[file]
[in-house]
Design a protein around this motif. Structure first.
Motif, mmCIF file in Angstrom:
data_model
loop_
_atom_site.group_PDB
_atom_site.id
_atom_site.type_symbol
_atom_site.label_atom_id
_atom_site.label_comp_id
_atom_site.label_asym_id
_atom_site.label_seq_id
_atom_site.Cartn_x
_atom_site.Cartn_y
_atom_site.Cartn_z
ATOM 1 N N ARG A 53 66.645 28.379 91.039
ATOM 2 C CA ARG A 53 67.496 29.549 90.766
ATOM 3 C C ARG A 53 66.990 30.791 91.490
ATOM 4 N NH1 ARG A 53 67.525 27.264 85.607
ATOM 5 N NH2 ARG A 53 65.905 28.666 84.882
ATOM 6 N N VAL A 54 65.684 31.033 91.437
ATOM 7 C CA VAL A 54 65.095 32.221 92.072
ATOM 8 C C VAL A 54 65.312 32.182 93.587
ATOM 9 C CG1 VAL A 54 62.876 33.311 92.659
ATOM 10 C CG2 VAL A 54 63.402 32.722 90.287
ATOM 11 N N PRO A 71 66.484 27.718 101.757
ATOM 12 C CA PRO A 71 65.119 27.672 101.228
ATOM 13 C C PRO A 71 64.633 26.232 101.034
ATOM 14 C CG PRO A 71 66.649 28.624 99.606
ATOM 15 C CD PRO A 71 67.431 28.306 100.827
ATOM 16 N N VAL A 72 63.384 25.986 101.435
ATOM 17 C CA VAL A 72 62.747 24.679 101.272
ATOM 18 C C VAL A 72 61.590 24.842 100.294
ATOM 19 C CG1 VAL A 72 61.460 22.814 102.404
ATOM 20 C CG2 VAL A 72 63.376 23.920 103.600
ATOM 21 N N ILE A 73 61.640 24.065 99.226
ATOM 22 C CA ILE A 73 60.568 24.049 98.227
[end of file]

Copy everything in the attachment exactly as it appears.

[in-house]
Design a protein around this motif. Structure first.
Motif, mmCIF file in Angstrom:
data_model
loop_
_atom_site.group_PDB
_atom_site.id
_atom_site.type_symbol
_atom_site.label_atom_id
_atom_site.label_comp_id
_atom_site.label_asym_id
_atom_site.label_seq_id
_atom_site.Cartn_x
_atom_site.Cartn_y
_atom_site.Cartn_z
ATOM 1 N N ARG A 53 66.645 28.379 91.039
ATOM 2 C CA ARG A 53 67.496 29.549 90.766
ATOM 3 C C ARG A 53 66.990 30.791 91.490
ATOM 4 N NH1 ARG A 53 67.525 27.264 85.607
ATOM 5 N NH2 ARG A 53 65.905 28.666 84.882
ATOM 6 N N VAL A 54 65.684 31.033 91.437
ATOM 7 C CA VAL A 54 65.095 32.221 92.072
ATOM 8 C C VAL A 54 65.312 32.182 93.587
ATOM 9 C CG1 VAL A 54 62.876 33.311 92.659
ATOM 10 C CG2 VAL A 54 63.402 32.722 90.287
ATOM 11 N N PRO A 71 66.484 27.718 101.757
ATOM 12 C CA PRO A 71 65.119 27.672 101.228
ATOM 13 C C PRO A 71 64.633 26.232 101.034
ATOM 14 C CG PRO A 71 66.649 28.624 99.606
ATOM 15 C CD PRO A 71 67.431 28.306 100.827
ATOM 16 N N VAL A 72 63.384 25.986 101.435
ATOM 17 C CA VAL A 72 62.747 24.679 101.272
ATOM 18 C C VAL A 72 61.590 24.842 100.294
ATOM 19 C CG1 VAL A 72 61.460 22.814 102.404
ATOM 20 C CG2 VAL A 72 63.376 23.920 103.600
ATOM 21 N N ILE A 73 61.640 24.065 99.226
ATOM 22 C CA ILE A 73 60.568 24.049 98.227